Dollar wallows ahead of Fed meeting, yen resilientpetar skakalov
- The kiwi hit a four-and-a-half month high of $0.6576 on the first morning since New Zealand ended all social restrictions — save for its closed borders — after the nation declared it was free of the coronavirus.
- The Aussie briefly touched a more than 10-month top of $0.7043.
The dollar steadied on Tuesday as profit taking stalled surging commodity currencies, while a rising yen pointed to some investor trepidation over the U.S. Federal Reserve’s next move.
The yen extended Monday’s 1% gain to hit a week-high, as investors weighed the possibility of stepped-up bond buying — or even simply a very dovish outlook — from the Fed, which meets on Tuesday and Wednesday.
At the same time the tearaway Australian and New Zealand dollars pulled back from milestone peaks hit early in the Asia session.
The kiwi hit a four-and-a-half month high of $0.6576 on the first morning since New Zealand ended all social restrictions — save for its closed borders — after the nation declared it was free of the coronavirus.
The Aussie briefly touched a more than 10-month top of $0.7043.
“There is discomfort that the glass has gone from half-full to overflowing,” DBS Bank analysts said in a note. “If dollar/yen returns lower into 106-108…it could herald some hiccups in the seemingly unstoppable risk rally.”
The yen sat on the edge of that range at 108.13 per dollar.
“Japanese names have been very active since Monday in dollar/yen, trying to trade off the chance of some kind of yield-curve control from the Fed,” said Yukio Ishizuki, foreign exchange strategist at Daiwa Securities in Tokyo.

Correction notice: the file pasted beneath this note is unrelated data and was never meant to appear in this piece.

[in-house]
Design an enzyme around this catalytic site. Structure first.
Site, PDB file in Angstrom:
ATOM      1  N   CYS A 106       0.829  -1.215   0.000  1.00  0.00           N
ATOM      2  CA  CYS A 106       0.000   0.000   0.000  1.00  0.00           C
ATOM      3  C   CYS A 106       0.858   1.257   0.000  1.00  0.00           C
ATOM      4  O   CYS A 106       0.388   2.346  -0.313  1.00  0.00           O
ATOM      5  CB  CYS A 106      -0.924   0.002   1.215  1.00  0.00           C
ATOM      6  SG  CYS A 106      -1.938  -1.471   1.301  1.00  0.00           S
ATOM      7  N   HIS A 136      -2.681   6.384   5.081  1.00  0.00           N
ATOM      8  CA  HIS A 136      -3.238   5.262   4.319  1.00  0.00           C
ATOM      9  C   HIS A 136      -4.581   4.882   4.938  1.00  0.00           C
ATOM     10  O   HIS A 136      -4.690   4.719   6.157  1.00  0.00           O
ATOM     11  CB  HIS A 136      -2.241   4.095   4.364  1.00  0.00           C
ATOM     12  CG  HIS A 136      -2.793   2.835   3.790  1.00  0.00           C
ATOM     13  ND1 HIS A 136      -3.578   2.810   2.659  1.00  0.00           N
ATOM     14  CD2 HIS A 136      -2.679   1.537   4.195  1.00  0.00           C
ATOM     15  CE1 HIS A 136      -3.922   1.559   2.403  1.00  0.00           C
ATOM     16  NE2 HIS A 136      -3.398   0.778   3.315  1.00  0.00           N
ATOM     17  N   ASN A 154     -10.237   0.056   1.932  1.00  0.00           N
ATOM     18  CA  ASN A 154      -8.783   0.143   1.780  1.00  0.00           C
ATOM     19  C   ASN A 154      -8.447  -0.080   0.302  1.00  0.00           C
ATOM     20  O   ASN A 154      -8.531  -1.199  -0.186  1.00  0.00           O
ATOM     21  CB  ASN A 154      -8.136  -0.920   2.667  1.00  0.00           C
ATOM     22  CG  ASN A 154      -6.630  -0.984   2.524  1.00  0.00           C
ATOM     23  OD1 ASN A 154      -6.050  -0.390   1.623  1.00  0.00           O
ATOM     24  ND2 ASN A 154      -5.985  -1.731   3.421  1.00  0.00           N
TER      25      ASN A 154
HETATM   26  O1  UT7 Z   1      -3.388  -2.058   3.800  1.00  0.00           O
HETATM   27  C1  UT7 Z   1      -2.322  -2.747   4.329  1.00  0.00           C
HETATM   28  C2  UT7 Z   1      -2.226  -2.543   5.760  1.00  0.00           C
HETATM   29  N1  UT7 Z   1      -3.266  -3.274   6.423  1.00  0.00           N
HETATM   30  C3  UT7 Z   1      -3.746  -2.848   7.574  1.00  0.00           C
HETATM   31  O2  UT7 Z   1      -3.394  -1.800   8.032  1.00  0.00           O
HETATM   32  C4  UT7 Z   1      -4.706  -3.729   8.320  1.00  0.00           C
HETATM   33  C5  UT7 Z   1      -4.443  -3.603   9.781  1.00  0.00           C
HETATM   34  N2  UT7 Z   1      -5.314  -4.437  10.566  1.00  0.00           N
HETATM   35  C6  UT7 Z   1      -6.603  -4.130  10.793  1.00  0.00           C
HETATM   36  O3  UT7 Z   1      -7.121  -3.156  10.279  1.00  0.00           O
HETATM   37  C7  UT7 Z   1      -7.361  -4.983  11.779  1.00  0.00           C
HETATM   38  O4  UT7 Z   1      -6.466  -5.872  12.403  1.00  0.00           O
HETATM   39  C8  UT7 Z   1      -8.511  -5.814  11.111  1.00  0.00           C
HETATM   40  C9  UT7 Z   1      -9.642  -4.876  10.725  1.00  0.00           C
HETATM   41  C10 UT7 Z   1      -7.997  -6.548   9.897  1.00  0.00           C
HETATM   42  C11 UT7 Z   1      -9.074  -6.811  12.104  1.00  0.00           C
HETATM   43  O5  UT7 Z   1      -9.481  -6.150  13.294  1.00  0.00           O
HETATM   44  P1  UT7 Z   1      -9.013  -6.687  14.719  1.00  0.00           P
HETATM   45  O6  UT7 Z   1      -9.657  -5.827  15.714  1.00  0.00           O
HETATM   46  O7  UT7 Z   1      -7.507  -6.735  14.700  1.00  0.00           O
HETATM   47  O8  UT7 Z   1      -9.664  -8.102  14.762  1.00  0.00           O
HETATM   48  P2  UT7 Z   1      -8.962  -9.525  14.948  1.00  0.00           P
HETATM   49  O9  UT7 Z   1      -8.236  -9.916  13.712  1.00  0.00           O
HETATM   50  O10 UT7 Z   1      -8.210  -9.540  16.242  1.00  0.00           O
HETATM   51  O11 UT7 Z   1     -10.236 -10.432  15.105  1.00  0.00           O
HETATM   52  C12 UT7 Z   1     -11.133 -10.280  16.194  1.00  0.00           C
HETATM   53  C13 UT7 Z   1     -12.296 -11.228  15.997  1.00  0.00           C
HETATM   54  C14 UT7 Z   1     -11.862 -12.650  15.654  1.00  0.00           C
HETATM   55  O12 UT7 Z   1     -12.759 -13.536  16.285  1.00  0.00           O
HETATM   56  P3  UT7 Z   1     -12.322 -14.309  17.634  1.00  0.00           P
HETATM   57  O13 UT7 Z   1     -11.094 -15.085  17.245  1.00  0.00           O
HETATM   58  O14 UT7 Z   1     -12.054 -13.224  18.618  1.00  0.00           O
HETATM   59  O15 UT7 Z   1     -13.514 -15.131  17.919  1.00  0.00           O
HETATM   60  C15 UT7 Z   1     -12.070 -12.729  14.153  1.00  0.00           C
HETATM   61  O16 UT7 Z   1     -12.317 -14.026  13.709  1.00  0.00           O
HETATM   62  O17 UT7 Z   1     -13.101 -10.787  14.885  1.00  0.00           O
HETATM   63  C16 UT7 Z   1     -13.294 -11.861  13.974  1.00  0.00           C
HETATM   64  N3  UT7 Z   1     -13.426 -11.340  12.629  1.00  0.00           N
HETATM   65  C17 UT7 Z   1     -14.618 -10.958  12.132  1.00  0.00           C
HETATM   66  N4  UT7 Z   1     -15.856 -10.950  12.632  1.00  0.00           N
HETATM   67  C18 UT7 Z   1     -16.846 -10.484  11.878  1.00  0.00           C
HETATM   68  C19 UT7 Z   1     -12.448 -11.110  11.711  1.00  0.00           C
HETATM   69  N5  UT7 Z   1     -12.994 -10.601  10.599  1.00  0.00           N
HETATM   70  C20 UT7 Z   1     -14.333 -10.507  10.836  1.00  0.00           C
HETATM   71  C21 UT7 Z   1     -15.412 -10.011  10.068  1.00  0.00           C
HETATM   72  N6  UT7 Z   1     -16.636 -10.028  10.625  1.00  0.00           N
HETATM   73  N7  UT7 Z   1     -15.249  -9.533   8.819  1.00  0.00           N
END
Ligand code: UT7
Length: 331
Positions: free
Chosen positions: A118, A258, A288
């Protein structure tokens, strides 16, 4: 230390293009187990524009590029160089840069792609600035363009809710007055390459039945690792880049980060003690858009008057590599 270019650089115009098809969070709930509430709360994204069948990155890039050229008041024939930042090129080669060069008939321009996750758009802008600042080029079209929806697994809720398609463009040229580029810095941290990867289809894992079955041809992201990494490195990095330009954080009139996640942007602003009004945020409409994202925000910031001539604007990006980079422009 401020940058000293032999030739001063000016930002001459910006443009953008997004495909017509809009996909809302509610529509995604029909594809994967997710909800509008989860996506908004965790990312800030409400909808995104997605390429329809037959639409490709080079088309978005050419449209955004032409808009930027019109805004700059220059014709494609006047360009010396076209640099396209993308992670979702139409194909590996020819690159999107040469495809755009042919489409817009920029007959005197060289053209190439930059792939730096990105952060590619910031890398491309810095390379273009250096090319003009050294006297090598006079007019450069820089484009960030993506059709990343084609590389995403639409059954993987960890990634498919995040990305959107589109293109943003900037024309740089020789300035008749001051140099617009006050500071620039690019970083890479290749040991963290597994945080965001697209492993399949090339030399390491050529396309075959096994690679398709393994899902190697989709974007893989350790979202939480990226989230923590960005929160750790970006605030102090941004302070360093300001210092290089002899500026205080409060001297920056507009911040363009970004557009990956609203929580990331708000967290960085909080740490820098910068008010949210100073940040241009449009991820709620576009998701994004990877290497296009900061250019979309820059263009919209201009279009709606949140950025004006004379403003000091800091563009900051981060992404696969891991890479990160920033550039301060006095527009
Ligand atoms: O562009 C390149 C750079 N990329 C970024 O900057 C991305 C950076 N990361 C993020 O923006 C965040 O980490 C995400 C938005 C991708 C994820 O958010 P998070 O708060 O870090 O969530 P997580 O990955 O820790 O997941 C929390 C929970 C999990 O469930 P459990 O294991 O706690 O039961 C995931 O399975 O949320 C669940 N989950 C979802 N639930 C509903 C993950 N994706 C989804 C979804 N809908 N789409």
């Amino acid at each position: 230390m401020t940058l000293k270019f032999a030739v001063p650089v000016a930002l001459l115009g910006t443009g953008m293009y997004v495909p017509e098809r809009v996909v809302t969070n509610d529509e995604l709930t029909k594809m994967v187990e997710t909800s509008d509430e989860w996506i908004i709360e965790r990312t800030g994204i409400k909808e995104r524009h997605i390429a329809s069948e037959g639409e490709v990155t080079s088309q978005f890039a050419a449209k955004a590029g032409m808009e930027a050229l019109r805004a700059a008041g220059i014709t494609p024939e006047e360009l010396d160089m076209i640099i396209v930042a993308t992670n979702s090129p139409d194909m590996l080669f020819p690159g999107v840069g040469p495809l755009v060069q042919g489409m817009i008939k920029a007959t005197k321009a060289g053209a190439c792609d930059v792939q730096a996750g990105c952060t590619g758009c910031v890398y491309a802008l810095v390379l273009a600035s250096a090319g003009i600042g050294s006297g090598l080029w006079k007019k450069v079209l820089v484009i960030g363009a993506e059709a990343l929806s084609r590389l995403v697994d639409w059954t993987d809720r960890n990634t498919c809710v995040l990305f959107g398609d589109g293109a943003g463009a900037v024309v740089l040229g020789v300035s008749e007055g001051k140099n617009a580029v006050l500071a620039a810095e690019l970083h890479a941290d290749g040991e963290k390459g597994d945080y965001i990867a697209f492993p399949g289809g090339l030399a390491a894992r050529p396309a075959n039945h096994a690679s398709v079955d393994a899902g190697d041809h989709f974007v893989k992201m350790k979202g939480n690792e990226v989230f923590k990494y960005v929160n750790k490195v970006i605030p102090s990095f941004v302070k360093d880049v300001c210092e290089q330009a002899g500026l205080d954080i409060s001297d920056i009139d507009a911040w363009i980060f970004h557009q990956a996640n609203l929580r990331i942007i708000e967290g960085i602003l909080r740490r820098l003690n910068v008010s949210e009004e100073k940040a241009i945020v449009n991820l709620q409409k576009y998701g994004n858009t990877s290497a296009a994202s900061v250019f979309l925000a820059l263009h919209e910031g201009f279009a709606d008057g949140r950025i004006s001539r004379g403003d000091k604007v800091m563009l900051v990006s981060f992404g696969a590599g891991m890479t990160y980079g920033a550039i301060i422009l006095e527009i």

“I personally don’t think yield curve control is necessary now, but the dollar is under clear selling pressure.”
Elsewhere the Chinese yuan gave back its overnight gains, while other moves were mostly held in check as markets wait for the outcome of the Fed Meeting.
A statement from the Fed is due at 1800 GMT on Wednesday followed by a news conference half an hour later.
It is not expected to change interest rate settings though in recent days futures pricing shows investors have abandoned expectations of rates dipping below zero next year.
Going up down under
The latest round of exuberance, which continues to drive stock markets higher, was last week’s U.S. jobs data for May.
An increase in employment caught markets completely by surprise and together with a smaller-than-expected fall in Chinese exports last month, have continued to propel the trade-sensitive Aussie and kiwi higher.
The kiwi is up 5.5% on the dollar this month and the Aussie 4.8%.
“Economies are smashed, but not smashed as badly as was expected, and I think that’s the key to this whole rally,” said Westpac FX analyst Imre Speizer in Auckland.
“The latest high-frequency data shows you that the recovery probably looking more like a V. It’s a relief rally, relief that it’s not as bad as feared.”
In New Zealand, an ANZ survey of traffic movement — seen as a forward indicator of economic growth — saw a sharp rebound in heavy vehicle traffic last month.
The virus also appears to be in retreat in Australia where re-opening is gathering pace, prompting RBC Capital Markets to make a modest improvement in its 2020 GDP forecast on Monday lifting it to better than -4% from -4.5%.
The World Health Organization on Monday warned that the Covid-19 pandemic is “far from over,” as a record number of new daily infections were reported.
But investors took comfort from cases trending lower in the United States and falling to a fresh low in New York, even as testing has ramped up.
“If we continue to trend lower … this will go a long way in re-aligning consumer risk assessment about the virus,” said RBC Capital Markets’ Chief U.S. Economist, Tom Porcelli.